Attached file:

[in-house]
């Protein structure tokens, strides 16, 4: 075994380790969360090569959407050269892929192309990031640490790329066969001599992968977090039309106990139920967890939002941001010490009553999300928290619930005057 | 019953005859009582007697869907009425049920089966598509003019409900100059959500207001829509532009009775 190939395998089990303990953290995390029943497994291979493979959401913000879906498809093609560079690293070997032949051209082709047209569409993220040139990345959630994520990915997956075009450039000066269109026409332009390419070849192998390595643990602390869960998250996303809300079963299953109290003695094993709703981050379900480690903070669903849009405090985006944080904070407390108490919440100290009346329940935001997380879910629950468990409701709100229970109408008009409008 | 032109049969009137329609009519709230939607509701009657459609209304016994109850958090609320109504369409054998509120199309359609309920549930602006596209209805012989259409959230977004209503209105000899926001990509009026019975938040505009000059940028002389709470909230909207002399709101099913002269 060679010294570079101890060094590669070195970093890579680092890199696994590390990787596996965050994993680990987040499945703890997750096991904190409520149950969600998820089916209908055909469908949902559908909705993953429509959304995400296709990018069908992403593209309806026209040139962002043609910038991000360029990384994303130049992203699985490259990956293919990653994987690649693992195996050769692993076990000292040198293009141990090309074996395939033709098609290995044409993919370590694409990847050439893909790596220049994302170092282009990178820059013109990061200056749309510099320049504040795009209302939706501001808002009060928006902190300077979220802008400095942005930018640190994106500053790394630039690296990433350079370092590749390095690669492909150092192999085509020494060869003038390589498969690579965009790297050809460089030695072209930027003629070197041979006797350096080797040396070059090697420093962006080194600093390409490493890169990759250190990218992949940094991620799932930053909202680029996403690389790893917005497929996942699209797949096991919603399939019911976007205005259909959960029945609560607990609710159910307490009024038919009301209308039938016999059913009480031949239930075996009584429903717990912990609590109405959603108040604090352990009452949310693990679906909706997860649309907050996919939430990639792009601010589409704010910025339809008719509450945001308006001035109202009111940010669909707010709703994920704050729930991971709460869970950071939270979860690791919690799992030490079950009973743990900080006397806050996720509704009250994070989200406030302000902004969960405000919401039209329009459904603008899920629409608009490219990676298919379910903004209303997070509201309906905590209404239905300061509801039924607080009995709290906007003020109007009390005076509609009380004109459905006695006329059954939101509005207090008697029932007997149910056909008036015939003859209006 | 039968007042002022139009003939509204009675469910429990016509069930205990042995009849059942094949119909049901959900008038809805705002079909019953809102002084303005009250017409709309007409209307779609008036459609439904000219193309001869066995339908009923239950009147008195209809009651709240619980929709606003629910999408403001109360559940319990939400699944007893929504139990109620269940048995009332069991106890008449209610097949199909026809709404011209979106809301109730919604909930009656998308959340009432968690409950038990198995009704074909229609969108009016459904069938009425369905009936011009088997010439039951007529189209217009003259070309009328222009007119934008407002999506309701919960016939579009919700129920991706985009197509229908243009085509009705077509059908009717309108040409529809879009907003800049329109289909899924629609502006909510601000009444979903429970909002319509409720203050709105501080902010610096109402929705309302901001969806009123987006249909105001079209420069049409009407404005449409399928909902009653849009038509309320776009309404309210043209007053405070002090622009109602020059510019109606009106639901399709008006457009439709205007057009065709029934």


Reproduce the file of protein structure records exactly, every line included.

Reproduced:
[in-house]
């Protein structure tokens, strides 16, 4: 075994380790969360090569959407050269892929192309990031640490790329066969001599992968977090039309106990139920967890939002941001010490009553999300928290619930005057 | 019953005859009582007697869907009425049920089966598509003019409900100059959500207001829509532009009775 190939395998089990303990953290995390029943497994291979493979959401913000879906498809093609560079690293070997032949051209082709047209569409993220040139990345959630994520990915997956075009450039000066269109026409332009390419070849192998390595643990602390869960998250996303809300079963299953109290003695094993709703981050379900480690903070669903849009405090985006944080904070407390108490919440100290009346329940935001997380879910629950468990409701709100229970109408008009409008 | 032109049969009137329609009519709230939607509701009657459609209304016994109850958090609320109504369409054998509120199309359609309920549930602006596209209805012989259409959230977004209503209105000899926001990509009026019975938040505009000059940028002389709470909230909207002399709101099913002269 060679010294570079101890060094590669070195970093890579680092890199696994590390990787596996965050994993680990987040499945703890997750096991904190409520149950969600998820089916209908055909469908949902559908909705993953429509959304995400296709990018069908992403593209309806026209040139962002043609910038991000360029990384994303130049992203699985490259990956293919990653994987690649693992195996050769692993076990000292040198293009141990090309074996395939033709098609290995044409993919370590694409990847050439893909790596220049994302170092282009990178820059013109990061200056749309510099320049504040795009209302939706501001808002009060928006902190300077979220802008400095942005930018640190994106500053790394630039690296990433350079370092590749390095690669492909150092192999085509020494060869003038390589498969690579965009790297050809460089030695072209930027003629070197041979006797350096080797040396070059090697420093962006080194600093390409490493890169990759250190990218992949940094991620799932930053909202680029996403690389790893917005497929996942699209797949096991919603399939019911976007205005259909959960029945609560607990609710159910307490009024038919009301209308039938016999059913009480031949239930075996009584429903717990912990609590109405959603108040604090352990009452949310693990679906909706997860649309907050996919939430990639792009601010589409704010910025339809008719509450945001308006001035109202009111940010669909707010709703994920704050729930991971709460869970950071939270979860690791919690799992030490079950009973743990900080006397806050996720509704009250994070989200406030302000902004969960405000919401039209329009459904603008899920629409608009490219990676298919379910903004209303997070509201309906905590209404239905300061509801039924607080009995709290906007003020109007009390005076509609009380004109459905006695006329059954939101509005207090008697029932007997149910056909008036015939003859209006 | 039968007042002022139009003939509204009675469910429990016509069930205990042995009849059942094949119909049901959900008038809805705002079909019953809102002084303005009250017409709309007409209307779609008036459609439904000219193309001869066995339908009923239950009147008195209809009651709240619980929709606003629910999408403001109360559940319990939400699944007893929504139990109620269940048995009332069991106890008449209610097949199909026809709404011209979106809301109730919604909930009656998308959340009432968690409950038990198995009704074909229609969108009016459904069938009425369905009936011009088997010439039951007529189209217009003259070309009328222009007119934008407002999506309701919960016939579009919700129920991706985009197509229908243009085509009705077509059908009717309108040409529809879009907003800049329109289909899924629609502006909510601000009444979903429970909002319509409720203050709105501080902010610096109402929705309302901001969806009123987006249909105001079209420069049409009407404005449409399928909902009653849009038509309320776009309404309210043209007053405070002090622009109602020059510019109606009106639901399709008006457009439709205007057009065709029934």